Directed by:Kimberly Peirce
Writer/director Kimberly Peirce’s take on the U.S. presence in the Middle East comes as a late entry in Hollywood’s recent efforts to give expression to our activities there; beginning in mid-2007, audiences have been given a number of opportunities to reflect on what we’re doing and how we’re doing it. From the sober reflections of In The Valley of Elah, through the gung-ho heroics of The Kingdom to the biting criticism of Rendition and Lions For Lambs, (not to mention director Brian De Palma’s Redacted, a savage depiction of G.I. rape and murder in Iraq) there’s been no dearth of movies which attempt to come to grips with America’s response to 9/11 and the battle with terrorism President Bush so hurriedly defined as “war”. Yet despite wide variations in quality, cost and point of view, these films share one recurring characteristic; remarkably poor box office performance.
Unfortunately, Stop-Loss isn’t going to break that dismal track record; Ms. Peirce, (whose first film was the heartbreaking Boys Don’t Cry) shrewdly chose one of the most contentious aspects of the present conflict as her storyline but presents it as equal parts action movie, road trip and social commentary. The last point is surely the most troubling one; America seems to be studiously ignoring fact that the U.S. servicemen and women getting maimed and killed from Iraq to Afghanistan disproportionately come from those on our economy’s lower rungs, where military service is often a mixture of career opportunity and unselfconsciously expressed patriotism.
The film’s title refers to the process of preventing military personnel from returning to civilian life at the end of their term of enlistment. This practice, (derisively described as “a back-door draft”) has already impacted the lives of over 60,000 members of the military because our armed forces have been unable to recruit a sufficient number of replacements. Peirce and Mark Richard, her co-screenwriter, examine the impact of this practice on Sargent Brandon King, (Ryan Phillippe) a decorated squad leader from a small Texas town who returns home to a hero’s welcome and the unexpected news that he’s going to be recalled to duty in Iraq. King’s outrage quickly turns to defiance; he goes A.W.O.L., decamping from his parent’s comfortable ranch to visit Washington D.C. and the office of a senator King believes will intercede on his behalf. Along the way, King visits the parents of a fallen comrade as well as the V.A. hospital where Rico Rodriquez, a horribly burned and mutilated fellow soldier from King’s home town undergoes treatment and training for the life he must now face as a double-amputee.
King’s refusal to obey the orders of his superiors further erodes the already shaky esprit de corps of his men, unraveling their lives in a mixture of violence, binge drinking, post-traumatic stress and spousal abuse. King flirts with the possibility of buying a new identity and fleeing the country, but when one of his comrades commits suicide, King sullenly returns to duty having moved, (as Frank Rich described America’s current state of mind in an op-ed piece in yesterday’s New York Times) “through all five of the Kubler-Ross stages of grief…to depression and acceptance.”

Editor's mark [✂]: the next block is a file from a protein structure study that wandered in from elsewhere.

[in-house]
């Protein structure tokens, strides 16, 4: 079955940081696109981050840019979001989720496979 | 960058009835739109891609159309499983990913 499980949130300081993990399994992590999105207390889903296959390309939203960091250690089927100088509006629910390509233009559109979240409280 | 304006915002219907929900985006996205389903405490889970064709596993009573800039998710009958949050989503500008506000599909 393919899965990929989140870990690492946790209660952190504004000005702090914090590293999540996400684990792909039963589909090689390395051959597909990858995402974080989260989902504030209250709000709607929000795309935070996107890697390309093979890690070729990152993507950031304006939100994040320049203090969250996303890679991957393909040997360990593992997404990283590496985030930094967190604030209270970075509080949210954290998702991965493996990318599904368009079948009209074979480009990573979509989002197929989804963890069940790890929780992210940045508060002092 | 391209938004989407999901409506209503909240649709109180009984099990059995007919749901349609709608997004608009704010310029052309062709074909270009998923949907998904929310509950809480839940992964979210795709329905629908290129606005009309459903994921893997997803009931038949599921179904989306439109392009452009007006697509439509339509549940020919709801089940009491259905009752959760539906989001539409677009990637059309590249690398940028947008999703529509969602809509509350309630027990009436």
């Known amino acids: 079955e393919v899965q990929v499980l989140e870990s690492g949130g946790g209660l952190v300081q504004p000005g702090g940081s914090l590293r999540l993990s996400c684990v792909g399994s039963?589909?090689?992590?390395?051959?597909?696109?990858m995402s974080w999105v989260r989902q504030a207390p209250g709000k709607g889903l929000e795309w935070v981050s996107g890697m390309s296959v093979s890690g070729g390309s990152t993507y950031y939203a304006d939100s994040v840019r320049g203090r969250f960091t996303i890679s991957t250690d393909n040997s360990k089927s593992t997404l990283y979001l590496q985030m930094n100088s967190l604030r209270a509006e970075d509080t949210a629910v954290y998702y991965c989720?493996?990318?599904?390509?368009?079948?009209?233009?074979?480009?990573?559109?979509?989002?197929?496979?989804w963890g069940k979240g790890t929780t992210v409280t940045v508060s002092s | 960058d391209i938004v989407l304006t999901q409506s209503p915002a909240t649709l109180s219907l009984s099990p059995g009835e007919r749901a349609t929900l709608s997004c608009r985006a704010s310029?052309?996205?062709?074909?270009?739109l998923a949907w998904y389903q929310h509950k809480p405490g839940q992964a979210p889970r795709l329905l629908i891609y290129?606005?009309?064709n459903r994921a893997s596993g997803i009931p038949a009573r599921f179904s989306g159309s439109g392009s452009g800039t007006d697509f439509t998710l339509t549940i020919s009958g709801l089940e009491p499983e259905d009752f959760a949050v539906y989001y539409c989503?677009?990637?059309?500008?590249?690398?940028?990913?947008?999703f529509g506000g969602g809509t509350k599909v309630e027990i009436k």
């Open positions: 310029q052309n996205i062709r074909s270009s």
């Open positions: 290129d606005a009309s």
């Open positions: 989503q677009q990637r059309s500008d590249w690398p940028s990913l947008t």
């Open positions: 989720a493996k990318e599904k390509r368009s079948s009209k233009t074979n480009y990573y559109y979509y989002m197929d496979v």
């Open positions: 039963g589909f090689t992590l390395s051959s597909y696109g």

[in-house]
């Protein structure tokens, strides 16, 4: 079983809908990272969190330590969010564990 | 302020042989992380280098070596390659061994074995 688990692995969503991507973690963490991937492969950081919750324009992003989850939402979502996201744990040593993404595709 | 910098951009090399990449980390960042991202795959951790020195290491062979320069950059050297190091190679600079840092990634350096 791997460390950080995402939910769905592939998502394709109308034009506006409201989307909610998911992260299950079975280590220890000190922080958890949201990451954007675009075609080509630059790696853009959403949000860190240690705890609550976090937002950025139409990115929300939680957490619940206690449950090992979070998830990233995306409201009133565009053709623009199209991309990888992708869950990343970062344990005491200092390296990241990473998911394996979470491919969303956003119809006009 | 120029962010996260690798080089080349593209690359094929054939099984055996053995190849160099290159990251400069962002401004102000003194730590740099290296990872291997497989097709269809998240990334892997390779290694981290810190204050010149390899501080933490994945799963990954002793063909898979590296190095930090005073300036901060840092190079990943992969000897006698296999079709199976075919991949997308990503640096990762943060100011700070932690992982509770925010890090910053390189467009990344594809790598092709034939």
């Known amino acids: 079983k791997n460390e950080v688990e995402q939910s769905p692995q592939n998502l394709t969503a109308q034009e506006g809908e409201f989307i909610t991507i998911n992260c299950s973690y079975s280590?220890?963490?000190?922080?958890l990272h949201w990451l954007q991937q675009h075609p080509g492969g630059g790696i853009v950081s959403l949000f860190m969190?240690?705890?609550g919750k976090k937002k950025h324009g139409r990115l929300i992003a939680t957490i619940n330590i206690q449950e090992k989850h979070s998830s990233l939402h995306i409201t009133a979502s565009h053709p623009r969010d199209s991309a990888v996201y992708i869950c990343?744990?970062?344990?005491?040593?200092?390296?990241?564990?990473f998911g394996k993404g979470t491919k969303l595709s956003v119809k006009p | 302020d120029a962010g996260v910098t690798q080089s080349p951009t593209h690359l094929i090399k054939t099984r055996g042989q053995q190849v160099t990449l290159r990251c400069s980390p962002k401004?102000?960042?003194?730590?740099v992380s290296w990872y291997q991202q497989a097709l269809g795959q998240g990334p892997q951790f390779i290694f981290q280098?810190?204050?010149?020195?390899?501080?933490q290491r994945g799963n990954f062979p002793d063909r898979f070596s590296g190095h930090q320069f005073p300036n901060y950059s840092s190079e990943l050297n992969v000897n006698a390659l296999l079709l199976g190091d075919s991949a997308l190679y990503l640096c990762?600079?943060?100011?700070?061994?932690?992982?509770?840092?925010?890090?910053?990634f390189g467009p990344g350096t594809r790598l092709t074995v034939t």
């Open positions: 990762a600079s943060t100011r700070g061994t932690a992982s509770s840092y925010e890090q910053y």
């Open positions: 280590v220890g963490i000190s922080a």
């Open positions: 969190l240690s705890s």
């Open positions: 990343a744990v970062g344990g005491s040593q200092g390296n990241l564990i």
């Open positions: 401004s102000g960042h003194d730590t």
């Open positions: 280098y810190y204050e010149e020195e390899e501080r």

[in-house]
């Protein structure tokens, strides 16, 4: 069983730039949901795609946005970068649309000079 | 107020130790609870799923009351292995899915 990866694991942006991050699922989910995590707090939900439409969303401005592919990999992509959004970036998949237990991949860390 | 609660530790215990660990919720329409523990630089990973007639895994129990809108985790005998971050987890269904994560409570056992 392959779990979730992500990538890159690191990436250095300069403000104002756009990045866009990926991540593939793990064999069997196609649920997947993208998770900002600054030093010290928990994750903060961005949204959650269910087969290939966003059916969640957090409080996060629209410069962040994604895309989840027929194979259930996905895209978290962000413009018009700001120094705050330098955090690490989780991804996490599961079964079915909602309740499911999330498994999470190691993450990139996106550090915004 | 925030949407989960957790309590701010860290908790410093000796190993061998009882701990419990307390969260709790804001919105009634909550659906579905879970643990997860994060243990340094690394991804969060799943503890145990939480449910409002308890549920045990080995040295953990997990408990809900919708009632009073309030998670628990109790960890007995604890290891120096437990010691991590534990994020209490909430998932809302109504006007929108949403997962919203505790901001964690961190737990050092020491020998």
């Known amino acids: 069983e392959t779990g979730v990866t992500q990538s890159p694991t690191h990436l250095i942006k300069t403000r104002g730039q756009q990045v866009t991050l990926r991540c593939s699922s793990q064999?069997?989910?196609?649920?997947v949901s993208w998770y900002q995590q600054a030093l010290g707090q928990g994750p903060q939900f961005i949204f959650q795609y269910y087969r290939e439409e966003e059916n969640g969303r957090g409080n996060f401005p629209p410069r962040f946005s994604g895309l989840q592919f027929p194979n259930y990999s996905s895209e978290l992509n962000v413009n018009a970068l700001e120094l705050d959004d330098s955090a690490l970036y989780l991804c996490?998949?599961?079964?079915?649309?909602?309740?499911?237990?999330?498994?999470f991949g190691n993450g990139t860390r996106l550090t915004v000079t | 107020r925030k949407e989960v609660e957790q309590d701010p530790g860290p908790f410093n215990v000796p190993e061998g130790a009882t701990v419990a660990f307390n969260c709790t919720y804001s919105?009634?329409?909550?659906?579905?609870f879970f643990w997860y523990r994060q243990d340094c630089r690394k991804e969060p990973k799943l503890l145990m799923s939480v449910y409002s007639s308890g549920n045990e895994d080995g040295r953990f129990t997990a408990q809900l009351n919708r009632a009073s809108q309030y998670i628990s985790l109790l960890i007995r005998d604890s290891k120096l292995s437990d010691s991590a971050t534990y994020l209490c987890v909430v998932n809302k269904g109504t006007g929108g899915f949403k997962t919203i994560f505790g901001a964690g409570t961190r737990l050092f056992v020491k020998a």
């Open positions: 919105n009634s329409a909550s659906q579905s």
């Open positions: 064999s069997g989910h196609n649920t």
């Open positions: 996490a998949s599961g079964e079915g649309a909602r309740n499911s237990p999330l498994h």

Stop-loss is full of good intentions; its depiction of the vital links between combat soldiers which inspire them to perform selflessly under fire gets treated with the respect it deserves and Peirce captures the inarticulately expressed but heartfelt devotion these comrades in arms feel for one another. But when King’s decision to rebel becomes a device to permit a series of pointed exchanges with the wives and sweethearts of those under his command, the parents of fallen platoon members and conversations with Rico as he undergoes rehab, Stop-loss ceases to be a dramatic story and becomes a sermon about the awful price Saddam Hussein’s toppling has exacted from those forced to deal with its consequences.
It doesn’t help that King is played by an actor of impressive physicality but limited range; Phillippe’s skills as a thespian, (Flags of our Fathers) work best when his beach boy good looks can be deployed to undercut the ulterior motivations lying behind his character’s actions, (Breach) or shock an audience with latent, unexpected violence, (Crash). Here, despite a credible south-Texas twang and a buffed physique to underscore his capacity for the hard work of military leadership, the actor can’t get deeply enough into the mixture of pain and futility his wayward sergeant requires and the haunting character Peirce so obviously intends. Perhaps her greatest failure as a director lies in this casting; she employs the brilliant Joseph Gordon-Levitt, (Mysterious, Skin, Brick, The Lookout) as one of King’s suicidal buddies to wonderful effect; who knows how much more powerful this film might have been were he to have played the lead?
With its blood-splattering opening sequence and confusing graveyard brawl as bookends and a meandering cross-country odyssey as filling, Stop-Loss unfortunately becomes another frustrating effort by a highly respected filmmaker to convey the meaning of a conflict about which there is such controversy. If there is a way to effectively convey this country’s bundle of conflicting emotions on the subject, it hasn’t yet found its way to the big screen.
The verdict? Noble intentions, burdened by a commoner’s execution.Jake's Takes comments powered by Disqus